All out opposition from cities, counties, states and the e-Fairness Coalition--and the fact that no hearings have been held--failed to stop the House Judiciary Committee from sending the Internet Freedom Act (HR3709) to the floor for discussion.
A substitute amendment extending the moratorium on Internet taxation for five years accompanied the measure and included a motion to eliminate the grandfather clause, which currently allows 10 states to tax Internet access providers.
A majority of committee members opposed even voting on the bill and related amendments because hearings have not yet taken place.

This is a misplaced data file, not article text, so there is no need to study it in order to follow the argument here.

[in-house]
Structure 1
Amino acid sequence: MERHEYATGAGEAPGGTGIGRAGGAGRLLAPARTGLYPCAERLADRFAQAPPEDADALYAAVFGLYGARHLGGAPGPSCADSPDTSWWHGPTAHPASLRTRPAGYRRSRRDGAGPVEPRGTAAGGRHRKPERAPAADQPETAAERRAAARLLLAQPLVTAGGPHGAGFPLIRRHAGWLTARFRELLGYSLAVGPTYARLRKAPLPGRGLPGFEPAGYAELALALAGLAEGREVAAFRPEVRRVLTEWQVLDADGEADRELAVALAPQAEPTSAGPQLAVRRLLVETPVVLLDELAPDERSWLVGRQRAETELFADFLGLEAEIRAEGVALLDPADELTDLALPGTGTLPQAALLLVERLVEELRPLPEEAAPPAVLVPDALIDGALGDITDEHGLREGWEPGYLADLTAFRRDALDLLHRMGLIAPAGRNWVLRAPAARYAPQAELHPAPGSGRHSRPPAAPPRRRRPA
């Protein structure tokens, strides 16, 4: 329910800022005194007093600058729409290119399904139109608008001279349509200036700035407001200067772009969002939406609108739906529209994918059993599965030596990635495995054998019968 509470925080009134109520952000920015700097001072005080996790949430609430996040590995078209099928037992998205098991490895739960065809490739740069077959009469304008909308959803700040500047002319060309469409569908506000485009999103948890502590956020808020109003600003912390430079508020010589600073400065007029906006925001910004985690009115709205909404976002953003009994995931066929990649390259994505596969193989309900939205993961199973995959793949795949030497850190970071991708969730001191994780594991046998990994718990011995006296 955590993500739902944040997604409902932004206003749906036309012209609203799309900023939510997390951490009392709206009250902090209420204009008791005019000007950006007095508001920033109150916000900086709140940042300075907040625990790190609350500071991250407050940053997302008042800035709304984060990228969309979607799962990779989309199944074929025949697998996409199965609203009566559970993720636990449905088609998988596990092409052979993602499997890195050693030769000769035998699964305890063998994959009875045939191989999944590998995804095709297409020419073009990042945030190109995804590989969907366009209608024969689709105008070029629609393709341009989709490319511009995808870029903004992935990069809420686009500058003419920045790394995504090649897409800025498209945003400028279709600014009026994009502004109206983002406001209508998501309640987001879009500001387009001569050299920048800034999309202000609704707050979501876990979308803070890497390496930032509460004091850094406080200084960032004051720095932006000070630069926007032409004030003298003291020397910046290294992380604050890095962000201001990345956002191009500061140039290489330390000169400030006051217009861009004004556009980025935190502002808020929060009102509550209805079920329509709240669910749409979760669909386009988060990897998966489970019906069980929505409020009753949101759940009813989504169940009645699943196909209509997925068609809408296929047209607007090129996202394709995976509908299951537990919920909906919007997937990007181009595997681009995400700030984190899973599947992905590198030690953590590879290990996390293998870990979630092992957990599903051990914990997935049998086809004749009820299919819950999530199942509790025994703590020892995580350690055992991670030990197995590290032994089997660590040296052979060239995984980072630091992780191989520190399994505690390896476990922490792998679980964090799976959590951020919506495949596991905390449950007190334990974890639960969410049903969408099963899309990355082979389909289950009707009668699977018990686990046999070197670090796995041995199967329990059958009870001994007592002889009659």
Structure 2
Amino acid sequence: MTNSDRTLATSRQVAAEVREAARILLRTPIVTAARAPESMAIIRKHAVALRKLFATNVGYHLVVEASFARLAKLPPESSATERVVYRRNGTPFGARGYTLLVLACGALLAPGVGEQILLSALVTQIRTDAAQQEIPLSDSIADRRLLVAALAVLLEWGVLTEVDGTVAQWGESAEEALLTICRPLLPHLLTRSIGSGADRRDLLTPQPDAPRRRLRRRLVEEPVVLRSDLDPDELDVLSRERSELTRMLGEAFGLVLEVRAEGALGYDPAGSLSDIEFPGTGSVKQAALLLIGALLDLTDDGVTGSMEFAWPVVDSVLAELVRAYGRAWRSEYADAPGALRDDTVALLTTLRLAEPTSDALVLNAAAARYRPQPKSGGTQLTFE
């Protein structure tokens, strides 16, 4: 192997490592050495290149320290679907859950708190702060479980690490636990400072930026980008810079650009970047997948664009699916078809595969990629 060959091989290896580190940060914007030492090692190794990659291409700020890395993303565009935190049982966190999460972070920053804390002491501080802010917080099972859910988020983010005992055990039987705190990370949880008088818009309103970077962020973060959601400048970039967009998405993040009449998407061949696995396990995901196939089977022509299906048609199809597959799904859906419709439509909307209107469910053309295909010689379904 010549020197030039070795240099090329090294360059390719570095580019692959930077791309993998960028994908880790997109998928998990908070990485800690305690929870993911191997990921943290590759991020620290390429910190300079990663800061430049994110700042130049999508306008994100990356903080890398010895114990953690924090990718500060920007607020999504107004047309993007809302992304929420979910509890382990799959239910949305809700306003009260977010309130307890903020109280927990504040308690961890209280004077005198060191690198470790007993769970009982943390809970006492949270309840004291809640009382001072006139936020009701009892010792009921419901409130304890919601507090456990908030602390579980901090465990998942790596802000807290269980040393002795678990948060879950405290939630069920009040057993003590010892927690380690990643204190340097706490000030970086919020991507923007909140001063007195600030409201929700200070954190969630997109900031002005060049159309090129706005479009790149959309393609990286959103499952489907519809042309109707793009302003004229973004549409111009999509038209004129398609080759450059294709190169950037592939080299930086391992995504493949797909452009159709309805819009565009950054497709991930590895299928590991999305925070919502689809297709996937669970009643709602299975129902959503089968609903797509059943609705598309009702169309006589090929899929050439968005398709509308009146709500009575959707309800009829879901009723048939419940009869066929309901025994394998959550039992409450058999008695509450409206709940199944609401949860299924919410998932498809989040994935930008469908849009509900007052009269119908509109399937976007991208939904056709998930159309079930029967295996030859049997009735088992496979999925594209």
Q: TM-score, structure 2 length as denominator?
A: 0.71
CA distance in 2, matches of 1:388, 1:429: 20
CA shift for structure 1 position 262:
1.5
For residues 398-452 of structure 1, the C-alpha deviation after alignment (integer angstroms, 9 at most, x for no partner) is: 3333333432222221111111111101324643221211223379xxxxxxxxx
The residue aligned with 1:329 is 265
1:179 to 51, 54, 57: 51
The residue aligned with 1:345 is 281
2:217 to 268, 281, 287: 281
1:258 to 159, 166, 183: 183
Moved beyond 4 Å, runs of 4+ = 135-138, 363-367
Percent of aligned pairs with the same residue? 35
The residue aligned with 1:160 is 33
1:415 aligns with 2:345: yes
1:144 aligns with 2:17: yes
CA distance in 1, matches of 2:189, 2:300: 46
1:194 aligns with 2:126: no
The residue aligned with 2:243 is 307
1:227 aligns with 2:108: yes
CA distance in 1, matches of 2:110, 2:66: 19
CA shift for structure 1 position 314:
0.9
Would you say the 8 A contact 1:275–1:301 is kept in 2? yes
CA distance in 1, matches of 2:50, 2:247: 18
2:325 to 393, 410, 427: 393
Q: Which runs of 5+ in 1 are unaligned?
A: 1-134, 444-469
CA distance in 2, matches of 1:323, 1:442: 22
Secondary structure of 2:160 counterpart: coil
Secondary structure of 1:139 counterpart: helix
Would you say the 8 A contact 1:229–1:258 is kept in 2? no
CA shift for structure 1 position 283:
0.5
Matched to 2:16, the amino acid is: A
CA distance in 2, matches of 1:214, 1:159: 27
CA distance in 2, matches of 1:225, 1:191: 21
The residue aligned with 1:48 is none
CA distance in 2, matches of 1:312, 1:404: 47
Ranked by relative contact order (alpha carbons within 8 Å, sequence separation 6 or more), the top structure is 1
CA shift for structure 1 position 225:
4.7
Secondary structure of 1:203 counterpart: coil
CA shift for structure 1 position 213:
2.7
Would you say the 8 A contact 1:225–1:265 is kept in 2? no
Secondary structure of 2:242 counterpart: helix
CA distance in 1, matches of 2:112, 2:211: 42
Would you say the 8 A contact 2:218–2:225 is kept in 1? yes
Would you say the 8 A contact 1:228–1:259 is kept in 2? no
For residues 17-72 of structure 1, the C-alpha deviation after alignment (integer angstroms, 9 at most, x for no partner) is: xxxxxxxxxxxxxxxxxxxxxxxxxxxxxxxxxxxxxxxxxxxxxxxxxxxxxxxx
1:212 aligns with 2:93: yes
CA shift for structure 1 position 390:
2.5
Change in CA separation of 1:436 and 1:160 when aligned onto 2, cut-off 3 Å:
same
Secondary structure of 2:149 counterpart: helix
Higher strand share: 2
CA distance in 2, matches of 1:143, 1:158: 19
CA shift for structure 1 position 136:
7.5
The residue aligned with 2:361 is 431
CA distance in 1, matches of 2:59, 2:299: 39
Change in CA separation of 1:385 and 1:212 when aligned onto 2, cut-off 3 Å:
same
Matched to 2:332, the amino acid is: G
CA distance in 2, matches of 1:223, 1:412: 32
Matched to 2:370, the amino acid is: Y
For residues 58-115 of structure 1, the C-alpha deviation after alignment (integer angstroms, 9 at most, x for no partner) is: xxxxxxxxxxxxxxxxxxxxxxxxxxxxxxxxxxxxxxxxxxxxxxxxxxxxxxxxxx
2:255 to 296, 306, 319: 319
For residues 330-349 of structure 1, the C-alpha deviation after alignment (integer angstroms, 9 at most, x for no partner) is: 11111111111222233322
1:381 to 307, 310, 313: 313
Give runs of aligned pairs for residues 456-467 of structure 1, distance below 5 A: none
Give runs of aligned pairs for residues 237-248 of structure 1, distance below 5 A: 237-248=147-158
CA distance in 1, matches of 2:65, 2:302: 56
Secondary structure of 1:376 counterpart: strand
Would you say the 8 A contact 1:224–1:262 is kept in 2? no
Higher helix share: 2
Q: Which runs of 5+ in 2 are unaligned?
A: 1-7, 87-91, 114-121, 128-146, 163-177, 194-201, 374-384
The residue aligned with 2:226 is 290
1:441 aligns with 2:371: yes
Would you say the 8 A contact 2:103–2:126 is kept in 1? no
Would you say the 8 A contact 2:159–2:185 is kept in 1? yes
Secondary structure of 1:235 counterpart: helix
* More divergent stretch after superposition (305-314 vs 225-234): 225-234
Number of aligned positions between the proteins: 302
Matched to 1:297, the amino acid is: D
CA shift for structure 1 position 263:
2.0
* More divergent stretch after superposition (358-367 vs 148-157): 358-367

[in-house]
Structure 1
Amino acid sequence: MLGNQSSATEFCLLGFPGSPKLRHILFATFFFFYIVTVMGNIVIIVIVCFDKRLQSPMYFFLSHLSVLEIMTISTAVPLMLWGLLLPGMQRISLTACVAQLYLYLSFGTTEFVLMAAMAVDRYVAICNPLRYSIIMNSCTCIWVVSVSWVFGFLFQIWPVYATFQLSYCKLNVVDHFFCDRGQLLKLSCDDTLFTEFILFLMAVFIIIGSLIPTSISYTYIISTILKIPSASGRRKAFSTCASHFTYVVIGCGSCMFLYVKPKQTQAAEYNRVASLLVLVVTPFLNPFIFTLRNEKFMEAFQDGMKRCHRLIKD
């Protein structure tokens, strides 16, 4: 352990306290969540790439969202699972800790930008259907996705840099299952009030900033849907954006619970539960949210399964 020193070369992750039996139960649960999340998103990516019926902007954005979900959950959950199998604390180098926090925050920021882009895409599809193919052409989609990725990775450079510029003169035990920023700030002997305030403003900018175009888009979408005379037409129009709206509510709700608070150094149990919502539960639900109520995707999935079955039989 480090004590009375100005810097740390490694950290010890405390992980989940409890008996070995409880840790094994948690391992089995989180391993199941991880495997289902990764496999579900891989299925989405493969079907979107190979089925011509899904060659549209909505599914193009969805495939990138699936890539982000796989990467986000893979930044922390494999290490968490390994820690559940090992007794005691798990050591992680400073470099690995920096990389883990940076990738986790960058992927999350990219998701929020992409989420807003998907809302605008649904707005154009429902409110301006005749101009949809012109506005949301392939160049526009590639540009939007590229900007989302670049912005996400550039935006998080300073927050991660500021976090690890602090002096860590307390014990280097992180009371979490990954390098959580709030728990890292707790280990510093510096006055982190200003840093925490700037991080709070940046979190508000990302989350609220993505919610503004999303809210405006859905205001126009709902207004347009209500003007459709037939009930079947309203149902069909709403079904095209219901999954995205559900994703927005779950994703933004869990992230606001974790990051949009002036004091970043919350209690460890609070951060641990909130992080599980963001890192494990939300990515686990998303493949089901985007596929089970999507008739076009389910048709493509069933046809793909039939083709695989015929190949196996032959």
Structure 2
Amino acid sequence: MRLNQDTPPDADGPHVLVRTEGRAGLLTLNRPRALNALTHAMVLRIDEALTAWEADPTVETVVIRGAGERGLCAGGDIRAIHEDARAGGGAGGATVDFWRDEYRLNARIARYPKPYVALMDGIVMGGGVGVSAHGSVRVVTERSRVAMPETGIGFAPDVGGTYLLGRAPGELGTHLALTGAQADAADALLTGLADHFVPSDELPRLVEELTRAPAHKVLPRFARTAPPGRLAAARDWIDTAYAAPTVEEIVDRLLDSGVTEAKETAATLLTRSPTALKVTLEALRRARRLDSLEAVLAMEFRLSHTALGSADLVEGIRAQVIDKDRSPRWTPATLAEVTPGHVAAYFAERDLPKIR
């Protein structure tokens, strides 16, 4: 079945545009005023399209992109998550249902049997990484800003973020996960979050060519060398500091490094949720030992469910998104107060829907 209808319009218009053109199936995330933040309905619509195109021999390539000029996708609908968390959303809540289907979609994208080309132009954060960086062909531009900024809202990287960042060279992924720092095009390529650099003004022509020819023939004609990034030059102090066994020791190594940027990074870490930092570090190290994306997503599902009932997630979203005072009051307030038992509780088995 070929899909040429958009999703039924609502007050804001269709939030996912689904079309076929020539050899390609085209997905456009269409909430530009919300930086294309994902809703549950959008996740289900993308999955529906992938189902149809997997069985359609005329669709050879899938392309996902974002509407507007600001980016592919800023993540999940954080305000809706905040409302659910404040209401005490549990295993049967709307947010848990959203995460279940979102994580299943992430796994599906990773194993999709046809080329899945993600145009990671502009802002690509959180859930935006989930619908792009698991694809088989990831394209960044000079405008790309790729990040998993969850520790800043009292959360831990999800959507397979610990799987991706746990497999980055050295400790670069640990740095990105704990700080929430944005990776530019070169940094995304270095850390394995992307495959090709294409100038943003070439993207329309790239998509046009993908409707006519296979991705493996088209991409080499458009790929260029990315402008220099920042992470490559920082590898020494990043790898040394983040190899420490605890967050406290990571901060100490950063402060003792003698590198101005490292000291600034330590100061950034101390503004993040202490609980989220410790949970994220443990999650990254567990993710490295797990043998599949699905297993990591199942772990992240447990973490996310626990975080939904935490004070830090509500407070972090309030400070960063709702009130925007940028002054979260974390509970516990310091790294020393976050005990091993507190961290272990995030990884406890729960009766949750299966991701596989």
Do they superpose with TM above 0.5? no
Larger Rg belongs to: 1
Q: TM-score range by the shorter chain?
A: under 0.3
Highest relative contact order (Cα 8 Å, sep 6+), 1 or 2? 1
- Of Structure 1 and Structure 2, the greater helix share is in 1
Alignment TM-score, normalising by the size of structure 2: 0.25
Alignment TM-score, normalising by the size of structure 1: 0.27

Rep. William Delahunt's (D-Mass.) amendment to extend the moratorium for only two more years and leave in place the grandfather clause failed to gain the majority needed.
A few members voiced opinions indicating they are against taxing the Internet at all, in the belief the moratorium is needed in to promote growth in the business sector, as well as to retain the "tax surplus" for states and localities. …